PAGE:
Peter Beinart has a new column in the Washington Post aimed at his fellow Democrats – Admit It: The Surge Worked. And it did. Beinart even cites supporting examples from the New York Times, in case you missed them months before on the Strategy Page. He wants Democrats to acknowledge the surge’s success for their own good, even though “[t]hat acknowledgment may not do much for Bush’s legacy.”
That last phrase comes from the final sentence of the column, but the real phrase obligatoire I refer to in my title comes much sooner – at the top of the third graph – injected early lest anyone think the author has turned into a mushy-brained neocon: Moreover, even if the calm endures, that still doesn’t justify the Bush administration’s initial decision to go to war, which remains one of the great blunders in American foreign policy history.
“One of the great blunders.” Well, maybe so… but then maybe not. It’s hard to tell at this point. Suppose, ten years from now, Iraq is a “good-enough democracy,” to paraphrase D W. Winnicott’s brilliant description of satisfactory parenting, the “good-enough mother?” Suppose that “good-enough democracy” is a functioning state in the Middle East, not led, as it most probably would have been, by Uday and Qusay Hussein – two individuals more sociopathic than their father, if such a thing is possible. And that state is providing a buffer against the psycho-theocracy of Iran, possibly even an inspiration to democratically-inclined people there?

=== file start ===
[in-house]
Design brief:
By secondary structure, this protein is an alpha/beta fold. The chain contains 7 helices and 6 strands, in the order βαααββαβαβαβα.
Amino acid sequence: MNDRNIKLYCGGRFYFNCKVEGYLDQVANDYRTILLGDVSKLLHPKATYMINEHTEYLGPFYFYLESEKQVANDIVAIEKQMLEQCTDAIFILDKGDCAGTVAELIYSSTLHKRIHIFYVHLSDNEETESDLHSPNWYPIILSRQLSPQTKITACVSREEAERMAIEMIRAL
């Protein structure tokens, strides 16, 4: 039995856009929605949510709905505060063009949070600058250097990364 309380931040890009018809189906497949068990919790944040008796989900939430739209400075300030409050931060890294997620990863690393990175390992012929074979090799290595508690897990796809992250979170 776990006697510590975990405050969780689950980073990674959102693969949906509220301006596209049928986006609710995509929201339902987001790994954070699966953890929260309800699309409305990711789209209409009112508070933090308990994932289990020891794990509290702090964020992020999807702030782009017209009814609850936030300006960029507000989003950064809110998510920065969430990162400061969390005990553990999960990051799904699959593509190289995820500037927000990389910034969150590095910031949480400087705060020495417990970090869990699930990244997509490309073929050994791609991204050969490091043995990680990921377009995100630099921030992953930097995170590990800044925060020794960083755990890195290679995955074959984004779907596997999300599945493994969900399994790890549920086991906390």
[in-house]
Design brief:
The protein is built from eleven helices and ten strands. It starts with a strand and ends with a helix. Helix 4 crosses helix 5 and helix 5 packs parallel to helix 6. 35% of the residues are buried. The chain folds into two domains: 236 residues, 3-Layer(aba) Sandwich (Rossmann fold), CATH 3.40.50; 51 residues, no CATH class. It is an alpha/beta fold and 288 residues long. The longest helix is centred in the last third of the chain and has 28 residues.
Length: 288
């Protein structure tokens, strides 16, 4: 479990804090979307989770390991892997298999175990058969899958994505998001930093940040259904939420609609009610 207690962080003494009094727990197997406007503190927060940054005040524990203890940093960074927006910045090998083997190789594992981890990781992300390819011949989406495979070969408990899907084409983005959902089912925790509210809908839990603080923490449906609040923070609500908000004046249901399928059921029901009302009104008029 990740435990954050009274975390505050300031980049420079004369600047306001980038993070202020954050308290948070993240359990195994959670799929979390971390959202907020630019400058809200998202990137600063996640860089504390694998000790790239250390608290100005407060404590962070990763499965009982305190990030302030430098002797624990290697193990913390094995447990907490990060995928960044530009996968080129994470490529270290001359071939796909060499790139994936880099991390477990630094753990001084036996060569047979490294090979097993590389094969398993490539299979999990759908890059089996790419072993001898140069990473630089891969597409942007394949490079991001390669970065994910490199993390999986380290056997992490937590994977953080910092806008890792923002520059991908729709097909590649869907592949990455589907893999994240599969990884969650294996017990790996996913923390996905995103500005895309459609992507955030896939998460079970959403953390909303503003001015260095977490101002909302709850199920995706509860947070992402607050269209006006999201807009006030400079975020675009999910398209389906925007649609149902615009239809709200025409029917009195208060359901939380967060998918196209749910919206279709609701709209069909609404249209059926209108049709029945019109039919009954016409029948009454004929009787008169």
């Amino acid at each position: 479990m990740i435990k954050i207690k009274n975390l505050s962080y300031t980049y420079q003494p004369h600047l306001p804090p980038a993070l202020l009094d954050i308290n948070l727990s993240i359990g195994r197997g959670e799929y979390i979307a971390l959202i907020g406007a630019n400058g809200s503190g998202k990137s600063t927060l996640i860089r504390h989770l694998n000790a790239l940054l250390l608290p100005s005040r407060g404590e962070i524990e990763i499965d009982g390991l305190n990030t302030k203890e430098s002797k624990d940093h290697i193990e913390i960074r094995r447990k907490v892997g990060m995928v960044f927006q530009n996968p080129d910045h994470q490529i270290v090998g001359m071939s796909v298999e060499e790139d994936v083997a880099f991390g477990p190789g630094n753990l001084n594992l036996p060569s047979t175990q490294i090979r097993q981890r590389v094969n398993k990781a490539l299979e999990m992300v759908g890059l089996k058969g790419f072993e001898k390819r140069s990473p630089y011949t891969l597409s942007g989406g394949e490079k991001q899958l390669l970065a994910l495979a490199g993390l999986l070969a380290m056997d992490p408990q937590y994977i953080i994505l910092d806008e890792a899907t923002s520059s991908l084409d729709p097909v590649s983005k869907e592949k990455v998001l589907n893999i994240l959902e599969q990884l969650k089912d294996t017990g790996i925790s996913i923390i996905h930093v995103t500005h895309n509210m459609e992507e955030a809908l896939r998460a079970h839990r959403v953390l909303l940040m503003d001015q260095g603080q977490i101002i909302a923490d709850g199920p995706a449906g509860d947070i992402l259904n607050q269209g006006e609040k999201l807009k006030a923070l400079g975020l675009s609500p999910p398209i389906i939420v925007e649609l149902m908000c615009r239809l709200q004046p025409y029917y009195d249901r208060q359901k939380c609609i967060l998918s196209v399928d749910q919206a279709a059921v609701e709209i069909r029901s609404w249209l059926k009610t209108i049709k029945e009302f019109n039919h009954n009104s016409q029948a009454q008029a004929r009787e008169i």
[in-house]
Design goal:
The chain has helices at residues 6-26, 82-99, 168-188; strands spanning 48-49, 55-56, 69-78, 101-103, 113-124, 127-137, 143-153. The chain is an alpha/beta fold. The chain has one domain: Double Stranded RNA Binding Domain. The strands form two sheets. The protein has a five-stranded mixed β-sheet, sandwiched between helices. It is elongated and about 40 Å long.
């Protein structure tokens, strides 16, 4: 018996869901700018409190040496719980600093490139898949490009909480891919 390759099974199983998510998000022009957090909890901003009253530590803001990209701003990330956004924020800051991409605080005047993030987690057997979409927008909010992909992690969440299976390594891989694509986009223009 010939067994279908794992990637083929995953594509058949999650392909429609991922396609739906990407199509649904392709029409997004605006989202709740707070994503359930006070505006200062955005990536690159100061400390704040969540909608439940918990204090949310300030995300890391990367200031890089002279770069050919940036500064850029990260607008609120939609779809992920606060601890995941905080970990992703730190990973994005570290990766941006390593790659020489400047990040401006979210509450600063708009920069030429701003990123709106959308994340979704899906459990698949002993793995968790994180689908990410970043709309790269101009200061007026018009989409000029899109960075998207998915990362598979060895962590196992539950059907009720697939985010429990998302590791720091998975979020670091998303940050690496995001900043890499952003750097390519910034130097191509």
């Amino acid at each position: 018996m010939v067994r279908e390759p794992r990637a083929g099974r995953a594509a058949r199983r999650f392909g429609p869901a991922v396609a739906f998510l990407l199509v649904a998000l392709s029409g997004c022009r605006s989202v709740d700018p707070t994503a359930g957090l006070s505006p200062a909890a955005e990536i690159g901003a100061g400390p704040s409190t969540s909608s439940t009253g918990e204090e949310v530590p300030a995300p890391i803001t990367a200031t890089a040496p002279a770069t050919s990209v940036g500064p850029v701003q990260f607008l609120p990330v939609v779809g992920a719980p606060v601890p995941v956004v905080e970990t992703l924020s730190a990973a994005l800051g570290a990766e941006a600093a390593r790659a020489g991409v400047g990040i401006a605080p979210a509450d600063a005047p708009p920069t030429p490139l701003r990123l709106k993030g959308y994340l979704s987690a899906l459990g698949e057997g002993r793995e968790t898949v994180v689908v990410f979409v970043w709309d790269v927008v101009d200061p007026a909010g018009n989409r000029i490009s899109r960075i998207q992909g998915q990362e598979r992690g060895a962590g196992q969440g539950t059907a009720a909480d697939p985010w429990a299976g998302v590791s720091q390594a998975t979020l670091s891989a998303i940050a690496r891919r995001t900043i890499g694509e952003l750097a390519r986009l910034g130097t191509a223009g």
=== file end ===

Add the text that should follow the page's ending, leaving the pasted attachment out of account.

Will such a thing happen? Beats me. Perhaps Iraq will fall apart in tribal mayhem and civil war. But it’s also possible that, in an even shorter time frame – five years, say – Iraq will be a thriving Middle Eastern democracy with a growing economic engine, slowly but inexorably leading the Shiite and Sunni cultures out of medieval darkness into the modern world.
If that were to happen, of course, George W. Bush would be seen as a great hero, shocking as that might be to his opponents now, who think (historically speaking) in a remarkably short time frame. What’s interesting too is that a positive outcome in history is what turns Bush heroic in retrospect. It’s a strange position for liberals to be in, dependent on failure to be “right,” when you think about it. No wonder Beinart makes the preemptive strike of declaring the Surge a success. Too bad he doesn’t have the courage to leave the door open for even greater success. But that’s politics, I suppose. Or, more precisely, punditry.